To accompany ‘Engineers borrow a tree’s cellulose to toughen new materials’
- Set a timer for 1 minute, and before the time runs out, list as many crunchy foods as you can. Now circle all the foods on that list that are plant-based. Did you list more plant-based or animal-based foods?
- Do a quick internet search for illustrations of a “typical plant cell.” Examine the component of plant cells called the “cell wall.” Where can you find a plant cell’s cell wall? What does the cell wall do for the plant cell? What molecule is the cell wall primarily made from?
- In engineering lingo, what’s the difference between an object being tough vs. strong? Provide one example of a “tough” object. Provide one example of a “strong” object.
- What’s the source of the main ingredient in Abhinav Rao’s new material?
- How many units of that ingredient would you need to stack to match the width of a human hair?
- Rao and his team developed a “new gel.” What problem was this gel trying to solve regarding the nano-size “toothpicks?”
- What did Rao and his team do to make their gel-based “tooth-shaped object” as tough as bone?
- From what two ingredients is the new gel composed?
- Rao says that strength and toughness (or durability) are important properties for materials. But what third property does Rao say we should also consider?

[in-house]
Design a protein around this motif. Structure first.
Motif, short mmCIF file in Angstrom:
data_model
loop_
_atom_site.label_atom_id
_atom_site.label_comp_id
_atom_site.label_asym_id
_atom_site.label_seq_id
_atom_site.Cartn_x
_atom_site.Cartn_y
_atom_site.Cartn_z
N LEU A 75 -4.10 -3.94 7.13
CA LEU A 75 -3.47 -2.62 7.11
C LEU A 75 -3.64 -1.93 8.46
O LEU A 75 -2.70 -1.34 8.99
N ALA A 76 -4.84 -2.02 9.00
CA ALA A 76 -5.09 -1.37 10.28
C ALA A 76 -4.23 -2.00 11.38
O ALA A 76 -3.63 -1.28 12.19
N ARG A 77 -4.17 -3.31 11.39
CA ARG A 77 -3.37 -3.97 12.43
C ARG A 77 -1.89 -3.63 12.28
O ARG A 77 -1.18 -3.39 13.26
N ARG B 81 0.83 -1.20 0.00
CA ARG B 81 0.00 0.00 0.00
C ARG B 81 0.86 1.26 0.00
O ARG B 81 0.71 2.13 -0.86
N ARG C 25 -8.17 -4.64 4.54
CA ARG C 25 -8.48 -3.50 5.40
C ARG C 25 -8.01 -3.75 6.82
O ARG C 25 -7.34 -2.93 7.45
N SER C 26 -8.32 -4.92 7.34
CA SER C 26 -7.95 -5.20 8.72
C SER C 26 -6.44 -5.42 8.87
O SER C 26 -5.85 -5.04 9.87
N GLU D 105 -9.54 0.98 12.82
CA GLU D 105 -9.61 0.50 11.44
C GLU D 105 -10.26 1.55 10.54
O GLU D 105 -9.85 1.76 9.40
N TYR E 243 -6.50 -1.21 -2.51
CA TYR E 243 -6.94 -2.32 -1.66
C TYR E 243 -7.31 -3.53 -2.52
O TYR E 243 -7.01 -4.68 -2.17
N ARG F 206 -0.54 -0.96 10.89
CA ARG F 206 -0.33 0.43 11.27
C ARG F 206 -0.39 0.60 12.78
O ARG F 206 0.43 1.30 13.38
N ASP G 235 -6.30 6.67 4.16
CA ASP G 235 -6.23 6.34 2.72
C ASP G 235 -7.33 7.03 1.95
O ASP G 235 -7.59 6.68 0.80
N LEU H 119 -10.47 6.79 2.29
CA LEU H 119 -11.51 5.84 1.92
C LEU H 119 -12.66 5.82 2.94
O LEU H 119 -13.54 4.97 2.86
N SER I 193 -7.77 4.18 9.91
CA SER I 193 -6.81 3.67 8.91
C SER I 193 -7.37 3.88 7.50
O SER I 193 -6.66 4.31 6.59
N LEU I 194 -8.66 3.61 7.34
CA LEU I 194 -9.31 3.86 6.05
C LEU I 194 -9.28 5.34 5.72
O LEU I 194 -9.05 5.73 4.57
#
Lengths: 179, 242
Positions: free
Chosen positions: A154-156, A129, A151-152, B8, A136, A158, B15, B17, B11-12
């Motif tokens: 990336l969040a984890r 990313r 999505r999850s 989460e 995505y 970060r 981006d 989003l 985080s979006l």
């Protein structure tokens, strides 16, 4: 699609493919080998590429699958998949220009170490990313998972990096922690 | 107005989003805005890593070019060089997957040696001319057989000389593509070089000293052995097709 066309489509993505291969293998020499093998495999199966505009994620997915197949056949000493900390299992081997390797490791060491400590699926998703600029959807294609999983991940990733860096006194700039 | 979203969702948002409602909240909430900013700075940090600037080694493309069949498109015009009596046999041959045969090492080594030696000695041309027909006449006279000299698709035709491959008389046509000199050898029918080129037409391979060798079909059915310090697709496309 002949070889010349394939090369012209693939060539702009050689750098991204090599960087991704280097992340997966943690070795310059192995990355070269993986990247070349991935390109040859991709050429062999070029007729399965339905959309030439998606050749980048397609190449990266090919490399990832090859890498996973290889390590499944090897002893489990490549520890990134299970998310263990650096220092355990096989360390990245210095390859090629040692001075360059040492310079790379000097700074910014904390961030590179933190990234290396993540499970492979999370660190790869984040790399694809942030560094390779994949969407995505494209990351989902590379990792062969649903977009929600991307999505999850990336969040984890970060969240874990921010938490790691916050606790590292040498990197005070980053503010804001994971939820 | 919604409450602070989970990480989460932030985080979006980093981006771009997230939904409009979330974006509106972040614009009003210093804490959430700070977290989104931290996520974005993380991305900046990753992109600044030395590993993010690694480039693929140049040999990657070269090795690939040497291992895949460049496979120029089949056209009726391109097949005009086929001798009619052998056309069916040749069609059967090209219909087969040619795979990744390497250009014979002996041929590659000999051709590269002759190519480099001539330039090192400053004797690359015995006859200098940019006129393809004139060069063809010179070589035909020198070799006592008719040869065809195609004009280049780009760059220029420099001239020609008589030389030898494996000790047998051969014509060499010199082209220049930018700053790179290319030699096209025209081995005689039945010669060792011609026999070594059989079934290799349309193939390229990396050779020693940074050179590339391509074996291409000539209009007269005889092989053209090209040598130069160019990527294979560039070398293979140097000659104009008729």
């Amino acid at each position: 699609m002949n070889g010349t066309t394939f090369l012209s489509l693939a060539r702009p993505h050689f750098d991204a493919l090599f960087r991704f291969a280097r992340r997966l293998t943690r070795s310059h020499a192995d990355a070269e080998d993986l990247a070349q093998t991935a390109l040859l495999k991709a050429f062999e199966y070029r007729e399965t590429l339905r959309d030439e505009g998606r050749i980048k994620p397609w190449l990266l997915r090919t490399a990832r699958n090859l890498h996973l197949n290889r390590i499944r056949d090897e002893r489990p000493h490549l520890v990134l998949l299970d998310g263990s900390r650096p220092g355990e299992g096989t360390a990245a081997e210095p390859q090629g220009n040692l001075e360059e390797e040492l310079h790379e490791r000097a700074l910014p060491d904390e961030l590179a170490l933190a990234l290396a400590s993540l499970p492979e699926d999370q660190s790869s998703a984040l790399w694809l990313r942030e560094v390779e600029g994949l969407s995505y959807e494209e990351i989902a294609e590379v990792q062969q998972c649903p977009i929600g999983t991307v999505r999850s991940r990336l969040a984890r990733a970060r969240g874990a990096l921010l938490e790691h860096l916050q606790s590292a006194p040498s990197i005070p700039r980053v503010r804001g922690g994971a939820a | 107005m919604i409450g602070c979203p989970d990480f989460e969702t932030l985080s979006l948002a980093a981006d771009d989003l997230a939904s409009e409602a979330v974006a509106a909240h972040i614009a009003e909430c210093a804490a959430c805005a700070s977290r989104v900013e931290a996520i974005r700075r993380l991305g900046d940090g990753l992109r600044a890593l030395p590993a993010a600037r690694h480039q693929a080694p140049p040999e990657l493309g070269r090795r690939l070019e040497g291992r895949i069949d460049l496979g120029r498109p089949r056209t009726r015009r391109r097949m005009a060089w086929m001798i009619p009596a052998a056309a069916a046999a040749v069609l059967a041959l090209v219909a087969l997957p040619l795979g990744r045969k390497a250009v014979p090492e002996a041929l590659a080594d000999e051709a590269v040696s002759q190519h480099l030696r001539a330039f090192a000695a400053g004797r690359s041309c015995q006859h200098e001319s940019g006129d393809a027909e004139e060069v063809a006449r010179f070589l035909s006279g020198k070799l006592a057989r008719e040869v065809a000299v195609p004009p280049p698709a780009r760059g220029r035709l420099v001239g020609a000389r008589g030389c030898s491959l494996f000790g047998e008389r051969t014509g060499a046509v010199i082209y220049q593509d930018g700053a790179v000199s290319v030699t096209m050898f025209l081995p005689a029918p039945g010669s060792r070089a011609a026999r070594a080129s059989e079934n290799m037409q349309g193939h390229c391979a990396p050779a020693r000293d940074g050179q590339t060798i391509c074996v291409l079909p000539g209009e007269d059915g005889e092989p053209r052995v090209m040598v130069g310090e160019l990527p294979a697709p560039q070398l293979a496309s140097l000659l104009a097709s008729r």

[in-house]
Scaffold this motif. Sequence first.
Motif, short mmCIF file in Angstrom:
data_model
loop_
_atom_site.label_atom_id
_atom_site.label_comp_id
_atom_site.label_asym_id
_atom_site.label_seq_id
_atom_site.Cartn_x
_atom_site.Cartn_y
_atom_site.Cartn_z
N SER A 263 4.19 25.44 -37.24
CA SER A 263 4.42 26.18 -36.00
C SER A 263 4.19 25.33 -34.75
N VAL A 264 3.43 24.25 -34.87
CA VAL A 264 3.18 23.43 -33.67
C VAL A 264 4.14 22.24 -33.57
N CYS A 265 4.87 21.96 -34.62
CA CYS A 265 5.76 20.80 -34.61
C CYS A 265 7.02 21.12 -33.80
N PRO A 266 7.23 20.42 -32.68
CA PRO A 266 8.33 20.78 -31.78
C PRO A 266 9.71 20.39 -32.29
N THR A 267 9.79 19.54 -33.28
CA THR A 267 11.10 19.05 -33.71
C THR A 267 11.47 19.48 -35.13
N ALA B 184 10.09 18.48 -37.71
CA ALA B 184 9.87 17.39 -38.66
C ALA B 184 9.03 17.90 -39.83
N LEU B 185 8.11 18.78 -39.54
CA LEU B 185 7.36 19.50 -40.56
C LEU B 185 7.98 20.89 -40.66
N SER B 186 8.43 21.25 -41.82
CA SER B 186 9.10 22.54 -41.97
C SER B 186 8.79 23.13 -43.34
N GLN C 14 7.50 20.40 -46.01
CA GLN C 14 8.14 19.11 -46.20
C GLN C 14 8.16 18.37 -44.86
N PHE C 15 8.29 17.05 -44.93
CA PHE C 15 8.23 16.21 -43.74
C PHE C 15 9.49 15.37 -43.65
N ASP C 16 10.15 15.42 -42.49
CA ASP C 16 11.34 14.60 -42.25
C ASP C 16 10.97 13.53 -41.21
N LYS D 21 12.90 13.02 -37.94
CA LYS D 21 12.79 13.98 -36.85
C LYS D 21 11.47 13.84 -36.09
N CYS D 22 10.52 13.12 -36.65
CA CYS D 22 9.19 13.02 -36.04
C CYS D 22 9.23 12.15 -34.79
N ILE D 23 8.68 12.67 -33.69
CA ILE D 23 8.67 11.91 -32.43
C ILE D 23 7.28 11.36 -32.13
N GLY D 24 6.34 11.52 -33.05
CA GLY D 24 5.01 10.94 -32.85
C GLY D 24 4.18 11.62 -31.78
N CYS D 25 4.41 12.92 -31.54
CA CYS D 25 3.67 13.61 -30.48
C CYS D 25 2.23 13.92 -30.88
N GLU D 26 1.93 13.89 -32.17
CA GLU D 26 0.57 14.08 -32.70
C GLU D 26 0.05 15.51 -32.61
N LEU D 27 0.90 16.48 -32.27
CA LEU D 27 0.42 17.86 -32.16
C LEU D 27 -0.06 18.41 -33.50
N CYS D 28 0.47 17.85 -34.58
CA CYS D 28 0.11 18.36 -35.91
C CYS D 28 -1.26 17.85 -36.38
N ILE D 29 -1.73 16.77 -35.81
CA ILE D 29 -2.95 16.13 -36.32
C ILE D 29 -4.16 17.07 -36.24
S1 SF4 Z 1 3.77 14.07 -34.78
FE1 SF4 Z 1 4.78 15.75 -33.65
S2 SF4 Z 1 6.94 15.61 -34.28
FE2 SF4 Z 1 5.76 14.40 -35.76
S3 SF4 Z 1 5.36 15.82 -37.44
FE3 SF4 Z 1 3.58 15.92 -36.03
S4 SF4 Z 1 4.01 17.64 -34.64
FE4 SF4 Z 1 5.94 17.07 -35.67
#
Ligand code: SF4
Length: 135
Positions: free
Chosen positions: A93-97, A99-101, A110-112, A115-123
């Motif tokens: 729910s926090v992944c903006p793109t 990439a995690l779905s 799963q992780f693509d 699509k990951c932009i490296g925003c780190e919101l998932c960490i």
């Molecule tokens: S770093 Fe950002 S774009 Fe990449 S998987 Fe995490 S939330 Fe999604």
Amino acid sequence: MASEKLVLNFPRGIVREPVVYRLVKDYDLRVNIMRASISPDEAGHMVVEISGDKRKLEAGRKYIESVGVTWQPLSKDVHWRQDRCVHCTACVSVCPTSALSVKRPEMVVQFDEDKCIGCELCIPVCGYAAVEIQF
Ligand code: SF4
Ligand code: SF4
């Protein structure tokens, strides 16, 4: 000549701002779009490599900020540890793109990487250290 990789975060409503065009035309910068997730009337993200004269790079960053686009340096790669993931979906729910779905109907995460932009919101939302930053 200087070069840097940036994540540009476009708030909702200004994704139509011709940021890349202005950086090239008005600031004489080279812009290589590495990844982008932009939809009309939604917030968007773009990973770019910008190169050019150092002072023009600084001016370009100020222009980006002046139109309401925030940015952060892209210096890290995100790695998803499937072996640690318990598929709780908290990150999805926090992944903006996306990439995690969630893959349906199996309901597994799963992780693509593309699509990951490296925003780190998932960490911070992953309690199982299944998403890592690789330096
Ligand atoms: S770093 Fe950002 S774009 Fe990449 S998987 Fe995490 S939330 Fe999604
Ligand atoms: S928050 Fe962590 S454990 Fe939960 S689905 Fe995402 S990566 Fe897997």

- “What would you build with an all-natural, nano-sized toothpick?” Emily Cranston asks. Answer her question! First make a list of the important properties of this material. Then think of an item, or even just a material, that could be improved using this technology. Imagine you are an inventor. What’s an example of a company to whom you could suggest this idea? Be specific. Identify one way that this technology might offer an improvement of some kind.
- According to this study, from where are the nano-toothpicks derived? What could you use if you wanted to produce lots of these? Think of waste products. Might some waste products contain this material? In small groups, discuss different places you might look to find waste materials that might yield more of the new nano-toothpicks.